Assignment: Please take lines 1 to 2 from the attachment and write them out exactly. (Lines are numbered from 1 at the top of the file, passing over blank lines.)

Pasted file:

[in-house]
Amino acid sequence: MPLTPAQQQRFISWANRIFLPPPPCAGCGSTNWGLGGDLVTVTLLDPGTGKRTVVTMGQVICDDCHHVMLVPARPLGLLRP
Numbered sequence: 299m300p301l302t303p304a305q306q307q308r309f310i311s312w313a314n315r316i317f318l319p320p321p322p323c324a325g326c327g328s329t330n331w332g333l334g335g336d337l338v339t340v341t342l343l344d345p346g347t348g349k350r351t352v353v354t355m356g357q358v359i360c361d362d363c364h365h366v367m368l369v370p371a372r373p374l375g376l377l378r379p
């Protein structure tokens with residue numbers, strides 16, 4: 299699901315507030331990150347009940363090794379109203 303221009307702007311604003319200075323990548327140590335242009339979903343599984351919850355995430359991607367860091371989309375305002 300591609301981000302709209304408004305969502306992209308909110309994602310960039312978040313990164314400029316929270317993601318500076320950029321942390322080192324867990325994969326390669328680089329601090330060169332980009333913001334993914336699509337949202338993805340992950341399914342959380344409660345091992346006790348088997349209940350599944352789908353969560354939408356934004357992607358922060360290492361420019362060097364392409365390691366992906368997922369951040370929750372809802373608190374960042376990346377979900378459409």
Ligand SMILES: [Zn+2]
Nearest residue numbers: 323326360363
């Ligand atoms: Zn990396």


[in-house]
Amino acid sequence: MPLTPAQQQRFISWANRIFLPPPPCAGCGSTNWGLGGDLVTVTLLDPGTGKRTVVTMGQVICDDCHHVMLVPARPLGLLRP